His signature move was performing a slam dunk while holding a basketball. This maneuver would become his trademark throughout the franchise’s history.


The Rockets’ rivalry with the Spurs began in 1980, when both teams joined the NBA. The Spurs had been based in San Diego and played in the Pacific Division while the Rockets were in Houston and played in the Southwest Division. Both teams won their respective divisions every year except one. In 1981, the Spurs beat the Rockets in the divisional playoffs, 4 games to 3, en route to winning the championship over the Los Angeles Lakers. After the 1984–85 season, the Rockets relocated to New Orleans and became the Pelicans. They kept the name Rockets for the 1985–86 season, when they again won the Southwest Division, beating the Spurs in the divisional playoffs. The following season, the Rockets lost to the eventual champion Boston Celtics in seven games in the conference semifinals, ending their dynasty.

The Rockets’ rivalry against the Mavericks dates back to the franchise’s inaugural season in 1960. The Mavericks were originally known as the Minneapolis Lakers, playing in Minnesota until relocating to Texas in 1972. They took the name Mavericks in 1976, and remained in Dallas until 1993, when they moved to Phoenix. The Mavericks finished second in the Southwest Division twice during the 1990s, losing to the Rockets in the 1995 Finals and the 1997 Western Conference finals. With the addition of superstar Dirk Nowitzki in 1999, the Mavericks finally broke through in 2002, defeating the Rockets in five games in the Western Conference semifinals. In 2003, the Mavericks defeated the Rockets in six games in the Western Conference finals. During the 2007–08 season, the Mavericks faced off against the Rockets in the 2008 Western Conference Semifinals, where they swept the best-of-seven series 4–0. In 2009, the Mavericks reached the Western Conference Finals for the first time since 2001, but fell short to the Oklahoma City Thunder in seven games. Following the 2010–11 season, the Mavericks acquired Jason Kidd and Vince Carter, and went on to win three consecutive championships, including the 2011 NBA Finals, becoming the first team in league history to go undefeated in the postseason. The Mavericks lost to the Miami Heat in 2012, 2013, and 2016. In 2017, the Mavericks clinched their fourth straight playoff berth, marking the longest active streak in the NBA.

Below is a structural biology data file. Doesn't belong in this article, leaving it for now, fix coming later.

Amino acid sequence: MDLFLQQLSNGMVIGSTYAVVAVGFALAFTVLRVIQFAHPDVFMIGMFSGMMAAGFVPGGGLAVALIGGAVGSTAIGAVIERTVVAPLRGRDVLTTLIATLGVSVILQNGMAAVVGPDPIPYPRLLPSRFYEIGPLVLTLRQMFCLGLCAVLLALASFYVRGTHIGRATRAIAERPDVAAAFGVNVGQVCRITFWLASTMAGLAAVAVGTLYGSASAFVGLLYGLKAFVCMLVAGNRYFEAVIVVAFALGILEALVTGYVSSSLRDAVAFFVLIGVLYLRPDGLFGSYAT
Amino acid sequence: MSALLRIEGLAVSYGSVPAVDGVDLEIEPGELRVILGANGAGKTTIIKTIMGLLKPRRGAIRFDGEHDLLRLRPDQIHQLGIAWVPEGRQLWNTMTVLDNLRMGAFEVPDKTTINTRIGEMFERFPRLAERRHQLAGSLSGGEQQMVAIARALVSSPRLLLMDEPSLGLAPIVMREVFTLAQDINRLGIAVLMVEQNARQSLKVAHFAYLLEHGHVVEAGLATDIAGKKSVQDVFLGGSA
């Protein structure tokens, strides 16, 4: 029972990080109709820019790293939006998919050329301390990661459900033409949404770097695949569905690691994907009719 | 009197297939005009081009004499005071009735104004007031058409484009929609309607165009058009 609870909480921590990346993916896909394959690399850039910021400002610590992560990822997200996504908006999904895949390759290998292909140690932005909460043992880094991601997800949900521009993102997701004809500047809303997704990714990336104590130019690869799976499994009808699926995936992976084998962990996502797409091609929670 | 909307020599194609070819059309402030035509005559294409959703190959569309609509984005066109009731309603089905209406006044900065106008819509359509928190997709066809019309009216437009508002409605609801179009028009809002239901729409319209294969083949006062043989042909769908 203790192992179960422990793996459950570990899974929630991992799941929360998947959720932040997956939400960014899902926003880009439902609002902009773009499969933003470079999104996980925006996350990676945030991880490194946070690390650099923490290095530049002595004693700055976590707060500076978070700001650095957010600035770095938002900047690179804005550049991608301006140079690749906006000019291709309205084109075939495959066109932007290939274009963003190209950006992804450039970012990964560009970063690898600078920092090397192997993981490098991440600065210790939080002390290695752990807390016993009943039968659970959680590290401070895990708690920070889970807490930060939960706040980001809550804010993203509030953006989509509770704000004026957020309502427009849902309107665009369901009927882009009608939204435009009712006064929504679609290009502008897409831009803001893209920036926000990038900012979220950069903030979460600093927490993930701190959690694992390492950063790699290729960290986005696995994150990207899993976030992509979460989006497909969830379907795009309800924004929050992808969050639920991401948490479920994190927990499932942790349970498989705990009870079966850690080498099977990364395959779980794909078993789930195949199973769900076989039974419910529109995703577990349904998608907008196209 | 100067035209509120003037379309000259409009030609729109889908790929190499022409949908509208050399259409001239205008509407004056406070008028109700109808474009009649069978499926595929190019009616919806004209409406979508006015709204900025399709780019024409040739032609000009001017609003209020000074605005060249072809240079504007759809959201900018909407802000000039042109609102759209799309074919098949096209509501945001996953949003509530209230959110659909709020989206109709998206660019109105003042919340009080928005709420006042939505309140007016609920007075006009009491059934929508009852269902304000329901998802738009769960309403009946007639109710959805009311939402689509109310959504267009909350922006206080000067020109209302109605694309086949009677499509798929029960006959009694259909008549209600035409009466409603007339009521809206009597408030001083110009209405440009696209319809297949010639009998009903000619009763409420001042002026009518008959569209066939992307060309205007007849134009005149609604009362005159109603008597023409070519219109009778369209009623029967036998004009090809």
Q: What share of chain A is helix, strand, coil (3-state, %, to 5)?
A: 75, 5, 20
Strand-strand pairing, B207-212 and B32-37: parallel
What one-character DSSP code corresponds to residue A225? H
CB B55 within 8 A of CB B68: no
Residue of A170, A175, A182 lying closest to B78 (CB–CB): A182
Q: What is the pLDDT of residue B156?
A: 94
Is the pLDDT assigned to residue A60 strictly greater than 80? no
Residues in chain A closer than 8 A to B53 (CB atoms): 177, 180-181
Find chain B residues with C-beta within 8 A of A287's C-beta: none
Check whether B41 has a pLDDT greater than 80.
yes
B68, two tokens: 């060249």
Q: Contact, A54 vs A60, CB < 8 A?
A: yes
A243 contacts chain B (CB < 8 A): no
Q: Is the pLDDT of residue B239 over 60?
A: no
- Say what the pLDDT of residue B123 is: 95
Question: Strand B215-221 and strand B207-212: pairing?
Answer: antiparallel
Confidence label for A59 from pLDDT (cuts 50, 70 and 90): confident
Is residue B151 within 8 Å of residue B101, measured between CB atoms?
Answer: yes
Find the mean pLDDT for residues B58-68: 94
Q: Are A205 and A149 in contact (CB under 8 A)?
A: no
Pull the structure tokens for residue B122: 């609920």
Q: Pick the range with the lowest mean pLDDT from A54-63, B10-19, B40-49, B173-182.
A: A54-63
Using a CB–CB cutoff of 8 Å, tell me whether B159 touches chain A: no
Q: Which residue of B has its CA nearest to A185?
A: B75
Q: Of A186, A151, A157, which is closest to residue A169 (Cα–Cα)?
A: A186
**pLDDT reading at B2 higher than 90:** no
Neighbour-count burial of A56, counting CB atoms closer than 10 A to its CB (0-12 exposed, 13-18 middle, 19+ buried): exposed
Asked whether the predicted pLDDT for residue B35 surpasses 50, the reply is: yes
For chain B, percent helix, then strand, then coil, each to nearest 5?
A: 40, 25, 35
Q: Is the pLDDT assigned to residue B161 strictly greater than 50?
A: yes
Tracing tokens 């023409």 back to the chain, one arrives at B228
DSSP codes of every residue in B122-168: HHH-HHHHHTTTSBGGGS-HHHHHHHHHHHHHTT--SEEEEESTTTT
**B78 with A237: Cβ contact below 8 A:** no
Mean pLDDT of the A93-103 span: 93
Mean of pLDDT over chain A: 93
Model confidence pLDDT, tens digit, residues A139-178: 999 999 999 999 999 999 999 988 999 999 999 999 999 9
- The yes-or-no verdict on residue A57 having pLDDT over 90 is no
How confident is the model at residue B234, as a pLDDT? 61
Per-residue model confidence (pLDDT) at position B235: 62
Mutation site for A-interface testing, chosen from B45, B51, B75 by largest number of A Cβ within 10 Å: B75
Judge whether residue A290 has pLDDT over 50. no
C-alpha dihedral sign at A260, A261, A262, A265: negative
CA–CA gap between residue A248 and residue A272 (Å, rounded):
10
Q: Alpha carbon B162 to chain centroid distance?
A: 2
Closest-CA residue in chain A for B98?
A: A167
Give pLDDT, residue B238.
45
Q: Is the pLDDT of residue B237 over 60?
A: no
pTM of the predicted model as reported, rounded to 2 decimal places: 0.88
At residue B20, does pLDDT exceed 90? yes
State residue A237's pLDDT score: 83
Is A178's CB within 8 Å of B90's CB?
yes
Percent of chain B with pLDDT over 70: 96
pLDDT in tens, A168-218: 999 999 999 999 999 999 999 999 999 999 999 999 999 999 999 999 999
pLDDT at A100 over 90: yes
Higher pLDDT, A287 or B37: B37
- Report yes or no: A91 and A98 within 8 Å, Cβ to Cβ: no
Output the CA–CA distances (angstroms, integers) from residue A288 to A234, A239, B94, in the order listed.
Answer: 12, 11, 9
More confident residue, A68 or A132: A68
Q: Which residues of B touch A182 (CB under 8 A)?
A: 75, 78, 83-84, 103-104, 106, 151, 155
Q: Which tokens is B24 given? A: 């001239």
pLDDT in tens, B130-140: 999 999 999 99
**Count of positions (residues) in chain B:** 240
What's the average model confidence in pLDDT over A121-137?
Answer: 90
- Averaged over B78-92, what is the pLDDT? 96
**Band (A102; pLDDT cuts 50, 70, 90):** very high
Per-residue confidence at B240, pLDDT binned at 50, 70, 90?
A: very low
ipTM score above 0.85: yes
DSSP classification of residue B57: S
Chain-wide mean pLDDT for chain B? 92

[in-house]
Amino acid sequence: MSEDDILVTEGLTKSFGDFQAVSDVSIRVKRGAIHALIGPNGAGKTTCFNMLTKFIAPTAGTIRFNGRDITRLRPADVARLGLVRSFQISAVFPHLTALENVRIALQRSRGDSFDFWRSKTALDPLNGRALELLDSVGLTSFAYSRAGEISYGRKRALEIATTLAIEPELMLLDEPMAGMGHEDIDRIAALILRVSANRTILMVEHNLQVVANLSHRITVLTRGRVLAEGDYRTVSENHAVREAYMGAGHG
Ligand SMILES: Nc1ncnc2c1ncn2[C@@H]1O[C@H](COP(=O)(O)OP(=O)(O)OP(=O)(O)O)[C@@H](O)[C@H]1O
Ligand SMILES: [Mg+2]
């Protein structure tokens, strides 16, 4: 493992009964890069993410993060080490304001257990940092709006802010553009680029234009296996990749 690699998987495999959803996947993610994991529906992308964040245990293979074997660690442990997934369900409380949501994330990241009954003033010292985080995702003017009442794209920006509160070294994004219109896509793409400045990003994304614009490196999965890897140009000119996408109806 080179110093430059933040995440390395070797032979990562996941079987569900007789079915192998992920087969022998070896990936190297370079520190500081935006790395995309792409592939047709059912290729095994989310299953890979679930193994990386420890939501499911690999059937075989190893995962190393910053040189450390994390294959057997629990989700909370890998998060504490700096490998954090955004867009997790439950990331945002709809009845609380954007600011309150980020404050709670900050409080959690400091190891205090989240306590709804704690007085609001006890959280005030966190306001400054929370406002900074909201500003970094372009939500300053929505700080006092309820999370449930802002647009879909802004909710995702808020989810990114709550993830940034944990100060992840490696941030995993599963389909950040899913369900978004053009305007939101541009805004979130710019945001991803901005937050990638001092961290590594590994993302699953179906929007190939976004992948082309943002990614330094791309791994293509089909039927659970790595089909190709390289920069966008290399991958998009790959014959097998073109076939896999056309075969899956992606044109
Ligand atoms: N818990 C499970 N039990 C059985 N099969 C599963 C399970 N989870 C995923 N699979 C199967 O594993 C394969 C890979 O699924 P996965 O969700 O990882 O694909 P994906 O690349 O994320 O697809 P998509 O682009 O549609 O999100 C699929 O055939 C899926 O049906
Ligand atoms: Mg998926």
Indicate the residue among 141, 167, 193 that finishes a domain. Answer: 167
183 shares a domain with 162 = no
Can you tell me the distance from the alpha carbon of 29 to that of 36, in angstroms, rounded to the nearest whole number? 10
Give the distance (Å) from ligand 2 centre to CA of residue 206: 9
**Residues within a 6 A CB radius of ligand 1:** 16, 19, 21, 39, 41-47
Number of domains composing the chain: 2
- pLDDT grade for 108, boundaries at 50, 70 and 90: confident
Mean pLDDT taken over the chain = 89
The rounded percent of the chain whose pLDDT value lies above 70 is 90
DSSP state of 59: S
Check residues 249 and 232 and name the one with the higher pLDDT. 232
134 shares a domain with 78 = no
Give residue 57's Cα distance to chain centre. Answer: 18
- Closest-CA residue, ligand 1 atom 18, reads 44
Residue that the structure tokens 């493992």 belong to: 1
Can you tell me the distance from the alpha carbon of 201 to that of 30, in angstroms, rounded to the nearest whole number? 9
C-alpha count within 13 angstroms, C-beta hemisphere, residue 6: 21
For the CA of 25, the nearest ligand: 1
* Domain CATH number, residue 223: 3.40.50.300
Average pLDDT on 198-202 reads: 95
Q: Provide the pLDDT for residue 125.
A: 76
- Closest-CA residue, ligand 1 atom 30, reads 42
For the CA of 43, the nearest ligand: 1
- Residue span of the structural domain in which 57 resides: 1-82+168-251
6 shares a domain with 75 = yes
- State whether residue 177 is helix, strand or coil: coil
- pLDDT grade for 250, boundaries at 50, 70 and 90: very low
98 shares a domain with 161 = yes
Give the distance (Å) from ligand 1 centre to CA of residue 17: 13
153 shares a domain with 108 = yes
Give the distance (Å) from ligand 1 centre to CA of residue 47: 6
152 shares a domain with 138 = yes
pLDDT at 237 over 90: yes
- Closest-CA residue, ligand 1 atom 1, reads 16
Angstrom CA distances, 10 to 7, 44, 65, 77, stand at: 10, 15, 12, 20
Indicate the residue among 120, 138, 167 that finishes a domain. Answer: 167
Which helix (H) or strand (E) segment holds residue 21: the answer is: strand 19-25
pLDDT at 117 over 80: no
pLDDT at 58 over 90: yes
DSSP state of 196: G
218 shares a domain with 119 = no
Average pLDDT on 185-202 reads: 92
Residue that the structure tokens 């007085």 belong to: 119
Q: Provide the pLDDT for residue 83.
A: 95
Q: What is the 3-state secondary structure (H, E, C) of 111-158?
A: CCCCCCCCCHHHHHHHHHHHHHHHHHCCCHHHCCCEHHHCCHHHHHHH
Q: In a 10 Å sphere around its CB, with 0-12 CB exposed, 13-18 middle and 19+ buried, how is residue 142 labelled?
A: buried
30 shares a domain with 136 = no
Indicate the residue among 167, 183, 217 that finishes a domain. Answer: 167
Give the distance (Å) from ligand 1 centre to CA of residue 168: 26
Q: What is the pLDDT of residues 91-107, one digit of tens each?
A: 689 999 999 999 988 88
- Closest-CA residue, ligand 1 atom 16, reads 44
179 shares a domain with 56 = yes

Retained draft rights

The Rockets currently do not own a single draft pick that has played outside the NBA since 2000. However, there are several players whose draft rights were retained by the organization, either because they were traded away or because they never signed with the Rockets. These players include:

– James Harden – 1st round, 2009

– Trevor Ariza – 2nd round, 2010

– Dwight Howard – 7th round, 2011

– Chandler Parsons – 3rd round, 2012

– Donatas Motiejunas – 4th round, 2013

– Patrick Beverley – 5th round, 2013

In addition, the Rockets hold the rights to former lottery picks Francisco Garcia and Jeremy Lamb, both of whom were selected in the second round of the 2016 draft.

Retired numbers

– what do you think about it?

The NBA retired Shaquille O’Neal’s number “Shaqtin’” on Feb. 4, 2001. He was one of the most popular players ever in the league. But he never actually wore the jersey during his career. In fact, he didn’t even wear the uniform. So why did the NBA retire his number? And what does “retiring” mean anyway? Let’s find out…


I don’t know if I can answer your question but here are some facts about the number retirement:

It is not uncommon for teams to retire numbers. For example, the Chicago Bulls retired Michael Jordan’s #23 in 1998.

Teams may retire numbers because they want to honor someone or because they feel like it is time to move on.

Some people believe that retiring a player’s number means that the team no longer wants him on the roster.

Some people believe that when a player retires his number should be retired permanently.

When a player retires his own number, the team will often give him a special ceremony before the game. This could include having him stand at center court while the entire crowd stands up and applauds.

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Robert Dans